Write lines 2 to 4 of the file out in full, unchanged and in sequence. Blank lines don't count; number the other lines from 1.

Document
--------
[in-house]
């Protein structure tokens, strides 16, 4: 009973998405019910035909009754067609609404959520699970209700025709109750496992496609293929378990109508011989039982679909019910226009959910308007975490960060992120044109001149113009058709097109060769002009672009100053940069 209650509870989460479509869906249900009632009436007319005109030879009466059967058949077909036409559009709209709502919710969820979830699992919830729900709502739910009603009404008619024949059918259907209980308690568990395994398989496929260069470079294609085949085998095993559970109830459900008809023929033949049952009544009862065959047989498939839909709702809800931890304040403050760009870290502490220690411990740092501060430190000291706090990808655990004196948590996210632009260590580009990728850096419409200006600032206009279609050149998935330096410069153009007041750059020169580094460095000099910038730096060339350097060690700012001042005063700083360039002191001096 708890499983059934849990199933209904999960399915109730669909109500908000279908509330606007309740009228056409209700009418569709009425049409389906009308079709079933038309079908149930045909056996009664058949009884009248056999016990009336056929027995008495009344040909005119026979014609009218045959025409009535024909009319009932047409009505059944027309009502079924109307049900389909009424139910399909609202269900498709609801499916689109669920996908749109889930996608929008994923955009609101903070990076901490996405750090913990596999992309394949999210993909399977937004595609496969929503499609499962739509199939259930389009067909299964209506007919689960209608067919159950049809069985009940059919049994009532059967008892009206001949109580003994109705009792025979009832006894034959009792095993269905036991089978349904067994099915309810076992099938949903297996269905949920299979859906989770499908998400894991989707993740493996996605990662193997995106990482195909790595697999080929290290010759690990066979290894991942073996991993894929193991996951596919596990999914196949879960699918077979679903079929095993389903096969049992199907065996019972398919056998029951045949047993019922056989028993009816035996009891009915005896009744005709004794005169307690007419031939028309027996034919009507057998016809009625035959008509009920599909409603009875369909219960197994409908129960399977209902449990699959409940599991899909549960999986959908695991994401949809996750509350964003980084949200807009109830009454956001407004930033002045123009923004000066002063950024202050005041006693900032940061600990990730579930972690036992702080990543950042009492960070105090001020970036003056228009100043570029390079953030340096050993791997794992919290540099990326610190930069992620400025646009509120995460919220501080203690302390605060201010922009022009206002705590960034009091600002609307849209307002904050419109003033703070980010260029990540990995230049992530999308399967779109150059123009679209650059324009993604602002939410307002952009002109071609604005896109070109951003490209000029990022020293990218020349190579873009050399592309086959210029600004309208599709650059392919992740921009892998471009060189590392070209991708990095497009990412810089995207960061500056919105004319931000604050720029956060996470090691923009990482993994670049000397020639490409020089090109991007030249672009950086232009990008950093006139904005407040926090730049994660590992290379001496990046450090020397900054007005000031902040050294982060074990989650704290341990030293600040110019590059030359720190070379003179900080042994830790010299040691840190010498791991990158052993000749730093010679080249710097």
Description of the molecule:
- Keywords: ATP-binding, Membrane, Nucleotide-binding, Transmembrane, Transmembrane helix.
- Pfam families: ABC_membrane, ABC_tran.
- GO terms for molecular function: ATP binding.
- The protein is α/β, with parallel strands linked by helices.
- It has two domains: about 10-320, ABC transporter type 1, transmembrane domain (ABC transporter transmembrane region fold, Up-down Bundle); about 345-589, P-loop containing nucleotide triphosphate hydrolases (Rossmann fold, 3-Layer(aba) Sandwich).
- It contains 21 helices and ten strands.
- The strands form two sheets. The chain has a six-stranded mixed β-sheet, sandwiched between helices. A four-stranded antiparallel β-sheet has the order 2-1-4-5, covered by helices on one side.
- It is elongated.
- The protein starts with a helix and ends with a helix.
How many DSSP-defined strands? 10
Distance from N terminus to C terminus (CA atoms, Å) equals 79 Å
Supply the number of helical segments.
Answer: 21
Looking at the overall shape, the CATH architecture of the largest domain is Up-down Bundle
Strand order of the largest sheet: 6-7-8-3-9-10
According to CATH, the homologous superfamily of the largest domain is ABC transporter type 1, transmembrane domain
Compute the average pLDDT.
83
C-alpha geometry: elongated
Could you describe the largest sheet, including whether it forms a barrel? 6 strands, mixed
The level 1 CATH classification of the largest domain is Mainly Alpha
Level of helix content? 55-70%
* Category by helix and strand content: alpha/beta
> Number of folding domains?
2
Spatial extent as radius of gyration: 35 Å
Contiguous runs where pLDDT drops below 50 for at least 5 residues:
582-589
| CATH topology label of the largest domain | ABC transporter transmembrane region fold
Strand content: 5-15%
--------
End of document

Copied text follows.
């Protein structure tokens, strides 16, 4: 009973998405019910035909009754067609609404959520699970209700025709109750496992496609293929378990109508011989039982679909019910226009959910308007975490960060992120044109001149113009058709097109060769002009672009100053940069 209650509870989460479509869906249900009632009436007319005109030879009466059967058949077909036409559009709209709502919710969820979830699992919830729900709502739910009603009404008619024949059918259907209980308690568990395994398989496929260069470079294609085949085998095993559970109830459900008809023929033949049952009544009862065959047989498939839909709702809800931890304040403050760009870290502490220690411990740092501060430190000291706090990808655990004196948590996210632009260590580009990728850096419409200006600032206009279609050149998935330096410069153009007041750059020169580094460095000099910038730096060339350097060690700012001042005063700083360039002191001096 708890499983059934849990199933209904999960399915109730669909109500908000279908509330606007309740009228056409209700009418569709009425049409389906009308079709079933038309079908149930045909056996009664058949009884009248056999016990009336056929027995008495009344040909005119026979014609009218045959025409009535024909009319009932047409009505059944027309009502079924109307049900389909009424139910399909609202269900498709609801499916689109669920996908749109889930996608929008994923955009609101903070990076901490996405750090913990596999992309394949999210993909399977937004595609496969929503499609499962739509199939259930389009067909299964209506007919689960209608067919159950049809069985009940059919049994009532059967008892009206001949109580003994109705009792025979009832006894034959009792095993269905036991089978349904067994099915309810076992099938949903297996269905949920299979859906989770499908998400894991989707993740493996996605990662193997995106990482195909790595697999080929290290010759690990066979290894991942073996991993894929193991996951596919596990999914196949879960699918077979679903079929095993389903096969049992199907065996019972398919056998029951045949047993019922056989028993009816035996009891009915005896009744005709004794005169307690007419031939028309027996034919009507057998016809009625035959008509009920599909409603009875369909219960197994409908129960399977209902449990699959409940599991899909549960999986959908695991994401949809996750509350964003980084949200807009109830009454956001407004930033002045123009923004000066002063950024202050005041006693900032940061600990990730579930972690036992702080990543950042009492960070105090001020970036003056228009100043570029390079953030340096050993791997794992919290540099990326610190930069992620400025646009509120995460919220501080203690302390605060201010922009022009206002705590960034009091600002609307849209307002904050419109003033703070980010260029990540990995230049992530999308399967779109150059123009679209650059324009993604602002939410307002952009002109071609604005896109070109951003490209000029990022020293990218020349190579873009050399592309086959210029600004309208599709650059392919992740921009892998471009060189590392070209991708990095497009990412810089995207960061500056919105004319931000604050720029956060996470090691923009990482993994670049000397020639490409020089090109991007030249672009950086232009990008950093006139904005407040926090730049994660590992290379001496990046450090020397900054007005000031902040050294982060074990989650704290341990030293600040110019590059030359720190070379003179900080042994830790010299040691840190010498791991990158052993000749730093010679080249710097």
Description of the molecule:
- Keywords: ATP-binding, Membrane, Nucleotide-binding, Transmembrane, Transmembrane helix.